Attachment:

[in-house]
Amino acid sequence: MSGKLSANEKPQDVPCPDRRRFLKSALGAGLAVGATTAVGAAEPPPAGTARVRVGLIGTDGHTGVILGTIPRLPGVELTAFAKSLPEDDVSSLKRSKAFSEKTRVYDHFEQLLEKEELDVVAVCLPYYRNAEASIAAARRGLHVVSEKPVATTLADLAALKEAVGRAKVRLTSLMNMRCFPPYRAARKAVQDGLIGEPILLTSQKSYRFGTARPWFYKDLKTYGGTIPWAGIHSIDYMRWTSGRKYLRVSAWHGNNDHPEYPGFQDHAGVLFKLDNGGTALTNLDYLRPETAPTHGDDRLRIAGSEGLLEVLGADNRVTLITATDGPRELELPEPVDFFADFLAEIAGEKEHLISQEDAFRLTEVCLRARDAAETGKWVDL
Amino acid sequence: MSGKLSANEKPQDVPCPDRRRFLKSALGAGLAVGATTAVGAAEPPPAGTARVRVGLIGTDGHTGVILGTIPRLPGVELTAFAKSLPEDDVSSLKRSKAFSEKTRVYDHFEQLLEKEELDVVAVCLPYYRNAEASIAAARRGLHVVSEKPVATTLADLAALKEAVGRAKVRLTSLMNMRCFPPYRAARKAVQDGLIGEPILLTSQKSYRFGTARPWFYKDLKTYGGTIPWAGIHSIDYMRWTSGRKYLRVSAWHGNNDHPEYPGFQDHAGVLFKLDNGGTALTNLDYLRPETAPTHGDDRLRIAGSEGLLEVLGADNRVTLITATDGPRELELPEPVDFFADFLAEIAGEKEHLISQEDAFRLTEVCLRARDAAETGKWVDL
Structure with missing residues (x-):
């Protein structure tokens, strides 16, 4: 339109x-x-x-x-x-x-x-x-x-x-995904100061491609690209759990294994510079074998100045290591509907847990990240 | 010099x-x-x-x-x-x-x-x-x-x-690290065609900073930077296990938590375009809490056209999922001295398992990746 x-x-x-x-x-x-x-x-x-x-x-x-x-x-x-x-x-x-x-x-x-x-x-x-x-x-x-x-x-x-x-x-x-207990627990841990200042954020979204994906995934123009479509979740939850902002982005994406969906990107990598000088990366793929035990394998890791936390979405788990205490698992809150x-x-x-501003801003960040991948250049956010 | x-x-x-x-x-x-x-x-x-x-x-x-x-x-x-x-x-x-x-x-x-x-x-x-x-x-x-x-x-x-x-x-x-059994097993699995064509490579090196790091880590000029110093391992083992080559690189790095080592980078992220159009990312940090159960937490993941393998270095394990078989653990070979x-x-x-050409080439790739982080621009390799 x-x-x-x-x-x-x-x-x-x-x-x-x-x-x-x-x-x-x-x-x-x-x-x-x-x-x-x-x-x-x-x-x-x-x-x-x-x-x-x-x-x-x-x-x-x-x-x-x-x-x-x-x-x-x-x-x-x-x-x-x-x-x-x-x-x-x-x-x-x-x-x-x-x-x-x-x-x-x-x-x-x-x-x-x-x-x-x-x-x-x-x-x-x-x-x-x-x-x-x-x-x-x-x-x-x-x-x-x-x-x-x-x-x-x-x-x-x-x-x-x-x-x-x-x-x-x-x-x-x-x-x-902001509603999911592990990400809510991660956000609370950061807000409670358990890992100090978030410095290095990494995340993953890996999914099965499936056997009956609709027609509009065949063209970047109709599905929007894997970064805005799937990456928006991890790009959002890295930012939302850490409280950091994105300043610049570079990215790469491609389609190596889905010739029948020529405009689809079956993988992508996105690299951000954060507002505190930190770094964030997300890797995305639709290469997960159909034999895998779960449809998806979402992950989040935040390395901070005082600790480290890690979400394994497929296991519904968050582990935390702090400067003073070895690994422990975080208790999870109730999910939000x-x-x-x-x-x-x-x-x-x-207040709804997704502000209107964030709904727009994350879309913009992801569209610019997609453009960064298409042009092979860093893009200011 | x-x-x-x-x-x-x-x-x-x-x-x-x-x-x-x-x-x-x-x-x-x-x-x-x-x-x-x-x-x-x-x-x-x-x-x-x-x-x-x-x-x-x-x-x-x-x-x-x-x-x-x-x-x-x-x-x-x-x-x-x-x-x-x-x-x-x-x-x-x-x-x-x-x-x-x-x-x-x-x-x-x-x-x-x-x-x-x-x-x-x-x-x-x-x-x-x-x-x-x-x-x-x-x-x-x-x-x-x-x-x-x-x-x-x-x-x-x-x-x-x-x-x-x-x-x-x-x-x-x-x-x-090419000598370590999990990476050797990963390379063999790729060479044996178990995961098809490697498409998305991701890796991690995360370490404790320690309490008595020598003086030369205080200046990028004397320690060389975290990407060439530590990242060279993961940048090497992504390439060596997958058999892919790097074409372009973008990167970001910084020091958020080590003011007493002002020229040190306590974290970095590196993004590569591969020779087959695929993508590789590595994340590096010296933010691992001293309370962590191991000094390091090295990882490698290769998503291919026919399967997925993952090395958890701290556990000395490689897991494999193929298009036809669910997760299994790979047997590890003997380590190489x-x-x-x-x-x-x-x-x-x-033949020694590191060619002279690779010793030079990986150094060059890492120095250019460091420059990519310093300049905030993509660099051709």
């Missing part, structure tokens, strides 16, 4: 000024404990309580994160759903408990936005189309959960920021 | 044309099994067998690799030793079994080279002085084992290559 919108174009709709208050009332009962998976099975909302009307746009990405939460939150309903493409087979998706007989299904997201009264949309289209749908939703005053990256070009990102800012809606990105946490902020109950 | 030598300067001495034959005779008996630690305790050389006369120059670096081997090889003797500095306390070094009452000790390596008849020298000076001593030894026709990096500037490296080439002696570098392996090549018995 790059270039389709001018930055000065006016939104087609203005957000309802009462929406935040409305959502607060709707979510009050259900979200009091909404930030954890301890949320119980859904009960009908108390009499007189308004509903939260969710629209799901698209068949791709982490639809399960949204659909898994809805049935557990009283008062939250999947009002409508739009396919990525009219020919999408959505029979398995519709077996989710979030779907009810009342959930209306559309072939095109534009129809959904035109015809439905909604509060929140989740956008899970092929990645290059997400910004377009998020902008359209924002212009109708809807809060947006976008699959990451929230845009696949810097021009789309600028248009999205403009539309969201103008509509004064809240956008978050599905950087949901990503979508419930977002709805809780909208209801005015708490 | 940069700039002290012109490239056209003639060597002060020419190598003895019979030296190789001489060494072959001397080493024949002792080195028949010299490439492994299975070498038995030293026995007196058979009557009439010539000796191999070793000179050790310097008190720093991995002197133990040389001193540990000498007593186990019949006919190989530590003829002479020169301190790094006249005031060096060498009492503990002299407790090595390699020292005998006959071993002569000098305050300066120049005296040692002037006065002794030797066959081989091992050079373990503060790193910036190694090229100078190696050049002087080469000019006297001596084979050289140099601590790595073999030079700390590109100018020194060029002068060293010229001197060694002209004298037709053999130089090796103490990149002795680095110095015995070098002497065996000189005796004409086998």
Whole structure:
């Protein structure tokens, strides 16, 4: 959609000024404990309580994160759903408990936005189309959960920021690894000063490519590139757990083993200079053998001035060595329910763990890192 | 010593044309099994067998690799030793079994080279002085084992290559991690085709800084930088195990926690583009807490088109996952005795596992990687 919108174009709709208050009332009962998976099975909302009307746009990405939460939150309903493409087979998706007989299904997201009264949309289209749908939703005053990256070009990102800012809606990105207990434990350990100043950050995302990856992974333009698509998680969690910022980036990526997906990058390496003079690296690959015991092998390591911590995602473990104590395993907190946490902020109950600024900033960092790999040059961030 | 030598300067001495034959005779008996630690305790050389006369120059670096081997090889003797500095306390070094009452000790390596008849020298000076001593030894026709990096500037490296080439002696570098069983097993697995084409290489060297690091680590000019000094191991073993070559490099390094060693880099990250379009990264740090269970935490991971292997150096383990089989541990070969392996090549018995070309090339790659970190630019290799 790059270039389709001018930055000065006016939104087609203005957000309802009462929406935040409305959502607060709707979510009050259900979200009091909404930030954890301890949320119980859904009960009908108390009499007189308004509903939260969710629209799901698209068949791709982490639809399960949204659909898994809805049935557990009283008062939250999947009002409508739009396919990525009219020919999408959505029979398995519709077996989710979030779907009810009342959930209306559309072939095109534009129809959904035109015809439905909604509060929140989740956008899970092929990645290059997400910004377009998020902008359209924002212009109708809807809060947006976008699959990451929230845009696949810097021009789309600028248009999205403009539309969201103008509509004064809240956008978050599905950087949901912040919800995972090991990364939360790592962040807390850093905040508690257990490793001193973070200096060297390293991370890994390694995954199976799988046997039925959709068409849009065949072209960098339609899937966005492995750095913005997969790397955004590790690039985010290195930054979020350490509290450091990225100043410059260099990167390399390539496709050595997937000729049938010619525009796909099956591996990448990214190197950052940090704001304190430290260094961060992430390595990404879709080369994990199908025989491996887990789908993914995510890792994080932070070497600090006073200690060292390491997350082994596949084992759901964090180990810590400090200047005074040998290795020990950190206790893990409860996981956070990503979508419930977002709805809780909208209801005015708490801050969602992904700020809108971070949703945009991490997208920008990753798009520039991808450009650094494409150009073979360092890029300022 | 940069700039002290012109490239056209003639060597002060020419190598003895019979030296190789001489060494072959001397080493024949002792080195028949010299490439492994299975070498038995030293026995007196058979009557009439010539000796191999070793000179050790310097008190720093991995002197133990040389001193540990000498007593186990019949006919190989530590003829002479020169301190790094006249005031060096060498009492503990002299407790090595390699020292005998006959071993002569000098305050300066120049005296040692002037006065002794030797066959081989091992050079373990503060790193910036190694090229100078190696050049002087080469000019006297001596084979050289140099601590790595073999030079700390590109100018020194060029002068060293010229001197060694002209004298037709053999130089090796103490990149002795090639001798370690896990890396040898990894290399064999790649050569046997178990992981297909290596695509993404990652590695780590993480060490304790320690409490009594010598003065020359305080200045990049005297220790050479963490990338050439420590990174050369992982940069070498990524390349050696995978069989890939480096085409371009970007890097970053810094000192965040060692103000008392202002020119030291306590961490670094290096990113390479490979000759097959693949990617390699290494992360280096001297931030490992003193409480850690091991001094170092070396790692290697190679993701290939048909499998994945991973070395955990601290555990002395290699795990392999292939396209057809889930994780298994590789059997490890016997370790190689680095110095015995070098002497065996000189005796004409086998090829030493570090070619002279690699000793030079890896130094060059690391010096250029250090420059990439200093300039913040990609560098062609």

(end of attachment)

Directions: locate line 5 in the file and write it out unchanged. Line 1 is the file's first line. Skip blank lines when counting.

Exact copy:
């Protein structure tokens, strides 16, 4: 339109x-x-x-x-x-x-x-x-x-x-995904100061491609690209759990294994510079074998100045290591509907847990990240 | 010099x-x-x-x-x-x-x-x-x-x-690290065609900073930077296990938590375009809490056209999922001295398992990746 x-x-x-x-x-x-x-x-x-x-x-x-x-x-x-x-x-x-x-x-x-x-x-x-x-x-x-x-x-x-x-x-x-207990627990841990200042954020979204994906995934123009479509979740939850902002982005994406969906990107990598000088990366793929035990394998890791936390979405788990205490698992809150x-x-x-501003801003960040991948250049956010 | x-x-x-x-x-x-x-x-x-x-x-x-x-x-x-x-x-x-x-x-x-x-x-x-x-x-x-x-x-x-x-x-x-059994097993699995064509490579090196790091880590000029110093391992083992080559690189790095080592980078992220159009990312940090159960937490993941393998270095394990078989653990070979x-x-x-050409080439790739982080621009390799 x-x-x-x-x-x-x-x-x-x-x-x-x-x-x-x-x-x-x-x-x-x-x-x-x-x-x-x-x-x-x-x-x-x-x-x-x-x-x-x-x-x-x-x-x-x-x-x-x-x-x-x-x-x-x-x-x-x-x-x-x-x-x-x-x-x-x-x-x-x-x-x-x-x-x-x-x-x-x-x-x-x-x-x-x-x-x-x-x-x-x-x-x-x-x-x-x-x-x-x-x-x-x-x-x-x-x-x-x-x-x-x-x-x-x-x-x-x-x-x-x-x-x-x-x-x-x-x-x-x-x-x-902001509603999911592990990400809510991660956000609370950061807000409670358990890992100090978030410095290095990494995340993953890996999914099965499936056997009956609709027609509009065949063209970047109709599905929007894997970064805005799937990456928006991890790009959002890295930012939302850490409280950091994105300043610049570079990215790469491609389609190596889905010739029948020529405009689809079956993988992508996105690299951000954060507002505190930190770094964030997300890797995305639709290469997960159909034999895998779960449809998806979402992950989040935040390395901070005082600790480290890690979400394994497929296991519904968050582990935390702090400067003073070895690994422990975080208790999870109730999910939000x-x-x-x-x-x-x-x-x-x-207040709804997704502000209107964030709904727009994350879309913009992801569209610019997609453009960064298409042009092979860093893009200011 | x-x-x-x-x-x-x-x-x-x-x-x-x-x-x-x-x-x-x-x-x-x-x-x-x-x-x-x-x-x-x-x-x-x-x-x-x-x-x-x-x-x-x-x-x-x-x-x-x-x-x-x-x-x-x-x-x-x-x-x-x-x-x-x-x-x-x-x-x-x-x-x-x-x-x-x-x-x-x-x-x-x-x-x-x-x-x-x-x-x-x-x-x-x-x-x-x-x-x-x-x-x-x-x-x-x-x-x-x-x-x-x-x-x-x-x-x-x-x-x-x-x-x-x-x-x-x-x-x-x-x-x-090419000598370590999990990476050797990963390379063999790729060479044996178990995961098809490697498409998305991701890796991690995360370490404790320690309490008595020598003086030369205080200046990028004397320690060389975290990407060439530590990242060279993961940048090497992504390439060596997958058999892919790097074409372009973008990167970001910084020091958020080590003011007493002002020229040190306590974290970095590196993004590569591969020779087959695929993508590789590595994340590096010296933010691992001293309370962590191991000094390091090295990882490698290769998503291919026919399967997925993952090395958890701290556990000395490689897991494999193929298009036809669910997760299994790979047997590890003997380590190489x-x-x-x-x-x-x-x-x-x-033949020694590191060619002279690779010793030079990986150094060059890492120095250019460091420059990519310093300049905030993509660099051709």